Early Music Review Print



Magnolia Baroque Festival Finale: A Vibrant Four Seasons and Magnificent Bach

June 25, 2005 - Winston-Salem, NC:


The first Magnolia Baroque Festival must be counted as a total artistic success. The fruit of some fifteen months of careful planning by founders Glenn Siebert and Margaret Mertz, Executive Director of the Thomas S. Kenan Institute for the Arts, it fielded an extraordinary array of early music talent from across the nation. It was icing on the cake that so many had NCSA connections, and this emphasized the cultural value of the vital institution.

Because each concert was on a high level and explored unusual repertory, there was a frisson among the audience and the performers in Stevens Center for the June 25 concert. Both works on the program showcased the strengths of the festival.

In some years, I have heard Vivaldi's The Four Seasons performed as many as three times. I have heard routine readings, a bizarre one (by Red Priest), and a few that linger in the memory. Add the festival's performance to the latter! The interpretation was well within the standard, and the domination of the continuo colors, thanks to the use of a chamber organ and, more sparingly, a harpsichord, brought welcome variety. The warm sounds of period strings were welcome, as were the high standards of the playing and stylish realization based on scholarship. The solo playing of violinist Ingrid Matthews was astounding. Working entirely from memory and displaying freedom born of long experience, she enchanted us with a wide palette of tone color, precise attacks, seemingly effortless bowing... – the list seems endless. The give-and-take among the musicians was a delight to both eye and ear. Unlike some soloists who have seen too many rock groups, most of the music was communicated via her bow and fingerings. More flexible than Heifetz, she takes a firm stance and does not fling her body about, dervish-like. She turns slightly toward colleagues with whom her part is closely paired, partnering, for example, cellist Elisabeth Reed in an unusually prominent and co-equal duo in the "Winter" Concerto, that was typical of this brilliant evening. The organist was Stephen Smith.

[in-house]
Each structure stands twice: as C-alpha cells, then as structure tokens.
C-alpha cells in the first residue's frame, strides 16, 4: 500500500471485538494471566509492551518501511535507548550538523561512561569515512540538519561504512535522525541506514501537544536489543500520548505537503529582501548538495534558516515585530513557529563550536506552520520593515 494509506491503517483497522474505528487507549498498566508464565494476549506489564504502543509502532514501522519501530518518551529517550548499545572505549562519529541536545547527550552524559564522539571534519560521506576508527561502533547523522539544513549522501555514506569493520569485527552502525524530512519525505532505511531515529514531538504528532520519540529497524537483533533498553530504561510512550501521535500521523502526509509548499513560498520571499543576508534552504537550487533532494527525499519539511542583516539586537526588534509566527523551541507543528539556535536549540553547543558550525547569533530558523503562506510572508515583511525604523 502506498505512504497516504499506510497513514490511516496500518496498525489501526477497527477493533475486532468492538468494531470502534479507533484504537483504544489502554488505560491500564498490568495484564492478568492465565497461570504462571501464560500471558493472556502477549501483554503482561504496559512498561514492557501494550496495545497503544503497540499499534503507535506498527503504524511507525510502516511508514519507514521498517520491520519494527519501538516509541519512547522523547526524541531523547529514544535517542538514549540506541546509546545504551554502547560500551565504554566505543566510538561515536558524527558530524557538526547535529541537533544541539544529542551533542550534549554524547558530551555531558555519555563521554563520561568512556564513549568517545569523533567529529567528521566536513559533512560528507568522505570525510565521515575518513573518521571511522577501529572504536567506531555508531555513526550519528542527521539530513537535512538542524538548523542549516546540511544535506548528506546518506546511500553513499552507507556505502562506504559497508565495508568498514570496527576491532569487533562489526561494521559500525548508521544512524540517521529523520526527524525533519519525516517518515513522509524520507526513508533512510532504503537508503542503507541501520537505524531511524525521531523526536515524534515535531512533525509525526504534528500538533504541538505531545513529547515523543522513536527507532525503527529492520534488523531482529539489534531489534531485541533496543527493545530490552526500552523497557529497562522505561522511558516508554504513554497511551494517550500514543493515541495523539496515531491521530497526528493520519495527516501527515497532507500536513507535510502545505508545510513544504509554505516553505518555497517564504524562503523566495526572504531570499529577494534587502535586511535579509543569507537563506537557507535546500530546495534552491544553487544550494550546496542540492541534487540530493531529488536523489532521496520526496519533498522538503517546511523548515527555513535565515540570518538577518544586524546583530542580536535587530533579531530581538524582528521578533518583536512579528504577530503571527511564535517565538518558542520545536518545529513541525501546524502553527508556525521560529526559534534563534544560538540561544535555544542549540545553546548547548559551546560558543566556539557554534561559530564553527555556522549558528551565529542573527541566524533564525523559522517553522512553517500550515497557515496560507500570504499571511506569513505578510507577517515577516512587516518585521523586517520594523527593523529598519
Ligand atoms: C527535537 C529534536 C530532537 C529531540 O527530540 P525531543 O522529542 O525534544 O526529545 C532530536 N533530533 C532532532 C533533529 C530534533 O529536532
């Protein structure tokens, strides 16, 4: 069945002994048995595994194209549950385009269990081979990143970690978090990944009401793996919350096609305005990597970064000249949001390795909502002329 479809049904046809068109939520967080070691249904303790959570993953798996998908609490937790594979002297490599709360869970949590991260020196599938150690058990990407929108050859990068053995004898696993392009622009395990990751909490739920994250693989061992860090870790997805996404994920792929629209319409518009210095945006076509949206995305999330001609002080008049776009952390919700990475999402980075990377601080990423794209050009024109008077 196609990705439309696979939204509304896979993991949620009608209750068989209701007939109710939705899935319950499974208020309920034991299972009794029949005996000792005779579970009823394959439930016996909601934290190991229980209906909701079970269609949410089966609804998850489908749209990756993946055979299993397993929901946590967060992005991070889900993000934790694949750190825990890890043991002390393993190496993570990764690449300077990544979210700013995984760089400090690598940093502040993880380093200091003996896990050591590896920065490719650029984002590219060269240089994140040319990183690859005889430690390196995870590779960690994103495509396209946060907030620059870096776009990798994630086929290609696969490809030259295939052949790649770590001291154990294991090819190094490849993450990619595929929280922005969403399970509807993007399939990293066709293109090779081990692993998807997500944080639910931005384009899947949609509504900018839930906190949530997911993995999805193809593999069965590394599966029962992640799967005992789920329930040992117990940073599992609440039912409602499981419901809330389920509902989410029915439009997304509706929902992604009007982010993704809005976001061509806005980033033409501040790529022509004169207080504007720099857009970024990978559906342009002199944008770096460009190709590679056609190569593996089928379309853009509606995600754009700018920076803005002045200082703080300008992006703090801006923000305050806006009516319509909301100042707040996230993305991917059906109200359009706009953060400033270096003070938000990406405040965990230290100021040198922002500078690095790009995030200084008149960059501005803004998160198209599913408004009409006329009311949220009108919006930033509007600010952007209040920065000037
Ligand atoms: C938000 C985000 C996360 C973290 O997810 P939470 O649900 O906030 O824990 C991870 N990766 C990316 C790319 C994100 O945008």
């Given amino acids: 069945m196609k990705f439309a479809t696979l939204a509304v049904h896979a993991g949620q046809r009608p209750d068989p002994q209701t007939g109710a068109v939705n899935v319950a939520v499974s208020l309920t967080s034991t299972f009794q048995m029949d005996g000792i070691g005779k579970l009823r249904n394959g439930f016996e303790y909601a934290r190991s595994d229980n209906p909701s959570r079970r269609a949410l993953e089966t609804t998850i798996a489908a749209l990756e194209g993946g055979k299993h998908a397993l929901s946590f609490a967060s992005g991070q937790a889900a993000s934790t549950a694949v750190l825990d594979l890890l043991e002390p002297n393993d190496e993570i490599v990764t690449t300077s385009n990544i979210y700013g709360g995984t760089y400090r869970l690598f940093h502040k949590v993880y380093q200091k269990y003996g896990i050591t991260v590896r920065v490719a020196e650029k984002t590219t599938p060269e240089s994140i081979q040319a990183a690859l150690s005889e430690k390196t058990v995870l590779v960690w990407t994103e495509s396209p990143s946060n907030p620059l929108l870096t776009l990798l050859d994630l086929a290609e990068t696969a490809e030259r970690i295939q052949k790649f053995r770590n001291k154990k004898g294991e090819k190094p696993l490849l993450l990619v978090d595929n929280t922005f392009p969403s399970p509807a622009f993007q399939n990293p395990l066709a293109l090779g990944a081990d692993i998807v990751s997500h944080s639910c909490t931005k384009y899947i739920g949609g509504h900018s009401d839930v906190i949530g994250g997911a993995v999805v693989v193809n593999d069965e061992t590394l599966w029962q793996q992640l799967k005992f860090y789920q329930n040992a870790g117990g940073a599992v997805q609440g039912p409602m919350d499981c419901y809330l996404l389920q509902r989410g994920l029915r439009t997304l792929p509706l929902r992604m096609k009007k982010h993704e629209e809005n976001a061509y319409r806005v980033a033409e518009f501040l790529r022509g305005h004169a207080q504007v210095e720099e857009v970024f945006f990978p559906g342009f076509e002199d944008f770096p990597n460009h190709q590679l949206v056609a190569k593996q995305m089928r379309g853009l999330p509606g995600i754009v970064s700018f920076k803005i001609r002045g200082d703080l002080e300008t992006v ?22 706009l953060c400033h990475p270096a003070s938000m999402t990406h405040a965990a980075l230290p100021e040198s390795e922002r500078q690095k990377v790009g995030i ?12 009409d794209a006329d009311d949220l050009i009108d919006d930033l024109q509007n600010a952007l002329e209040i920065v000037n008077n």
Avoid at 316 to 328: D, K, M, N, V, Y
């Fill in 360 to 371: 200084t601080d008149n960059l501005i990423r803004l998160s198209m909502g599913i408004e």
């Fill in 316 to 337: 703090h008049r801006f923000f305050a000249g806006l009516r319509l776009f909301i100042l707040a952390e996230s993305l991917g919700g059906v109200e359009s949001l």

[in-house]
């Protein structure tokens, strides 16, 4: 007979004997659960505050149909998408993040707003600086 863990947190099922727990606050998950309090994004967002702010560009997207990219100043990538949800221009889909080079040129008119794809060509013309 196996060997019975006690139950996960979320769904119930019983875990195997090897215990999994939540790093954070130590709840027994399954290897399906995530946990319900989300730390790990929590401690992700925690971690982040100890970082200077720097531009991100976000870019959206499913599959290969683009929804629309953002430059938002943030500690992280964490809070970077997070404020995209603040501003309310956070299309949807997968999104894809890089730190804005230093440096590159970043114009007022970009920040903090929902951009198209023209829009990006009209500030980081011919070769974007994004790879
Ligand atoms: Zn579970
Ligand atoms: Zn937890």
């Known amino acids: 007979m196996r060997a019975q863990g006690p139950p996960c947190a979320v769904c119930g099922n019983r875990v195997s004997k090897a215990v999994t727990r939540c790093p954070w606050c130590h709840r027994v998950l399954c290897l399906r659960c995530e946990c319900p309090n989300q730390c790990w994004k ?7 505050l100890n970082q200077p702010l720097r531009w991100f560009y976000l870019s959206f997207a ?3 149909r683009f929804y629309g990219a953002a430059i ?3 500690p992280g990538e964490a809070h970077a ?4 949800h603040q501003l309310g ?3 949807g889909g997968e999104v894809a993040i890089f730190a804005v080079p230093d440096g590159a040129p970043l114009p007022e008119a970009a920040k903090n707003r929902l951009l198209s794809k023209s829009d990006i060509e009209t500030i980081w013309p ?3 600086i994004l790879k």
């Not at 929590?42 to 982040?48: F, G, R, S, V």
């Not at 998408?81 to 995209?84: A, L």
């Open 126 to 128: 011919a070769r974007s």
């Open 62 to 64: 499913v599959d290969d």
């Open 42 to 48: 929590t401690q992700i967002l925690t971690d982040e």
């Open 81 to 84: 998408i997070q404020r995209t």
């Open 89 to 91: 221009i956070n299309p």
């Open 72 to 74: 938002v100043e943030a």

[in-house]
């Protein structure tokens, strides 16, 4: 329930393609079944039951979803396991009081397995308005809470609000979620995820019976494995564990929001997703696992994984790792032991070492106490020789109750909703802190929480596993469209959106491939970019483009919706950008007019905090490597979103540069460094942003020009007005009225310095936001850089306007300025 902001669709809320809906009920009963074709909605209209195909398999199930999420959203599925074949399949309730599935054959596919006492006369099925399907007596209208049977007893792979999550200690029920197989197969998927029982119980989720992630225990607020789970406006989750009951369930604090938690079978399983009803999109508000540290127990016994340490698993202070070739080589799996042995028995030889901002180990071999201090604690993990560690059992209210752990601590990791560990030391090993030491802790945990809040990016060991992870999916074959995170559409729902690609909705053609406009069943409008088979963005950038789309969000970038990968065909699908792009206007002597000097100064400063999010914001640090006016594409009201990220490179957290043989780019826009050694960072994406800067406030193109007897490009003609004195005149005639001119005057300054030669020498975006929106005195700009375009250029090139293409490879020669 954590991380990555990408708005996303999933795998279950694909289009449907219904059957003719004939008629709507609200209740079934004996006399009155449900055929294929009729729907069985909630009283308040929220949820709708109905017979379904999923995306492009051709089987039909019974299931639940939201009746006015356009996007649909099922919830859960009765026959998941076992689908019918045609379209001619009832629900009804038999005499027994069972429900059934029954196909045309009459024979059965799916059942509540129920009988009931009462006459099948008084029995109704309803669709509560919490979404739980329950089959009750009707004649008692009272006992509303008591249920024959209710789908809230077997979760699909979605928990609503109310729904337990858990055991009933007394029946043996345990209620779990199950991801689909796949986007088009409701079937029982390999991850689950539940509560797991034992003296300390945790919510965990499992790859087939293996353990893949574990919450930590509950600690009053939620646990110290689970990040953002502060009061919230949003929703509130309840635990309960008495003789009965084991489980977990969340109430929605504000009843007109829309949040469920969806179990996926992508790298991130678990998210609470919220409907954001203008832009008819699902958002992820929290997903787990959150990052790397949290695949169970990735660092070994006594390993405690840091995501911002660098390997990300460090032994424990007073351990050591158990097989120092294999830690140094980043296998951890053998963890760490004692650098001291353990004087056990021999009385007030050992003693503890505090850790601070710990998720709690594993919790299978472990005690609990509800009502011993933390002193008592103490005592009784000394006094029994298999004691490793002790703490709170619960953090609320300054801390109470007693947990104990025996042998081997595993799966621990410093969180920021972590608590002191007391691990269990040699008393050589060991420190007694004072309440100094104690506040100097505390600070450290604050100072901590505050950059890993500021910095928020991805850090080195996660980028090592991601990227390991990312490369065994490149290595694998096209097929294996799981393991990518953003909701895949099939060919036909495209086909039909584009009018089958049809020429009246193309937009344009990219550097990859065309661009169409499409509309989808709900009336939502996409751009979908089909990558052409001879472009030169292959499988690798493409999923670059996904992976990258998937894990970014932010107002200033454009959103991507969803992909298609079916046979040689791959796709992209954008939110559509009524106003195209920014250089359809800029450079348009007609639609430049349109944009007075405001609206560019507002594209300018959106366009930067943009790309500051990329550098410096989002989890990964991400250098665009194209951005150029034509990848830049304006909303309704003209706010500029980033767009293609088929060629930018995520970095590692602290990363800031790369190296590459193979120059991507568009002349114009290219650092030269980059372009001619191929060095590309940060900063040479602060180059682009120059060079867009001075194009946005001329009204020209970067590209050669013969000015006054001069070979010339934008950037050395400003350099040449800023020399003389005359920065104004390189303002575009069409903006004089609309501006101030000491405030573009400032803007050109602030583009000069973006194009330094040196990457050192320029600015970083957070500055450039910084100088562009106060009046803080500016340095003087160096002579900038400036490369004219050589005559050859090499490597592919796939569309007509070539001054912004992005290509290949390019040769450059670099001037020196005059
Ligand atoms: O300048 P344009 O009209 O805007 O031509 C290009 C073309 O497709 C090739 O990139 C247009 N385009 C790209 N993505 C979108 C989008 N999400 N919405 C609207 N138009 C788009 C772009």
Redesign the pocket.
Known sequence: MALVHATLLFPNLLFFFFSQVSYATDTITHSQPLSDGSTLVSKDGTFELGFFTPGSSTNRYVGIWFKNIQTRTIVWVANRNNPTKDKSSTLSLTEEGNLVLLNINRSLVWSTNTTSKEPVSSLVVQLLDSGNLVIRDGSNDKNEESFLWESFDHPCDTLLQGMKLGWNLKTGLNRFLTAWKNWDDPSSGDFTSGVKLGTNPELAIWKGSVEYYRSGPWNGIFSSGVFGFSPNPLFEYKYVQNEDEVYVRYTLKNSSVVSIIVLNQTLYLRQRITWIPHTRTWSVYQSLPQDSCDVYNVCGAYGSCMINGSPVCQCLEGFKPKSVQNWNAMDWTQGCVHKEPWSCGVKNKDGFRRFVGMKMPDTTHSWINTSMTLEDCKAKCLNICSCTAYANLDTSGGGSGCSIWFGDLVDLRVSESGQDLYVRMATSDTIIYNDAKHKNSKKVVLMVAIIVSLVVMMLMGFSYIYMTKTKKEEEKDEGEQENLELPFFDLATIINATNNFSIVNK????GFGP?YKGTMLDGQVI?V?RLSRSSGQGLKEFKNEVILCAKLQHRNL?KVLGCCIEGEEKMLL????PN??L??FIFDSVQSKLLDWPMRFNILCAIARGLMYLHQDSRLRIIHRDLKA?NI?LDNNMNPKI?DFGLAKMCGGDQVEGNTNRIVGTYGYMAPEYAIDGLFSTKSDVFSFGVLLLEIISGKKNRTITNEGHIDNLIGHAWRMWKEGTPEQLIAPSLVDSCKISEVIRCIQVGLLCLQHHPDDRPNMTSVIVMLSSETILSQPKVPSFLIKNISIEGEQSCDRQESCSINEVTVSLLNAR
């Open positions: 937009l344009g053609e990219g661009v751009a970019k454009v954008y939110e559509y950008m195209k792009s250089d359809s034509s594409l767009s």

Not since UNC-Chapel Hill had a residency with Joshua Rifkin that culminated in a performance of The St. Matthew Passion have I heard Bach at once as intimate and as thrilling as the concluding Magnificat in D, S.243. Instead of a sizeable chamber choir, two sets of five singers each were arrayed in front of the orchestra on either side of conductor Smith. On the right side of the stage were the soloists, called "vocal concertists" in the program: Maria Jette, soprano I, Olivia Vote, soprano II, Glenn Siebert, tenor, Brad Fugate, countertenor, and Jason McKinney, bass. The stage-left "vocal ripienists" were Nicole Alexander, soprano I, Cecilia Leitner, soprano II, John Kawa, tenor, Mary Siebert, alto, and Krassen Karagiozov, bass. All ten singers formed the full chorus; when the chorus "answered" the soloists, only the "ripienists" sang. The opening number, dominated by the bright sounds of three baroque trumpets led by Barry Bauguess, and with the timpani thundering away, was glorious. All of the singers had superb diction, projection, and pleasing timbres. Having the bass aria (No. 5) sung by McKinney was rather like hearing a Boris Godunov without the Russian accent – his was a towering performance. Tenor Siebert was in fine form for his melodious solos (Nos. 6 and 8). The solos and duos by the woodwind players were delightful. No. 10, "Sicut locutus est," was a marvelous and beautifully-blended trio for sopranos Jette and Vote and countertenor Fugate. The organ continuo was realized by John O'Brien. Smith directed a swift and dynamic performance that never sounded rushed. The small vocal forces allowed for extraordinary clarity of both vocal and instrumental lines. I cannot imagine a better performance.

It would be hard to conceive of a more successful outcome for a new music festival's first run. Another is planned for 2006. After that, the Magnolia Baroque Festival will occur in alternate years when there is no Boston Early Music Festival. This ought to make available a larger pool of musicians and an even larger audience.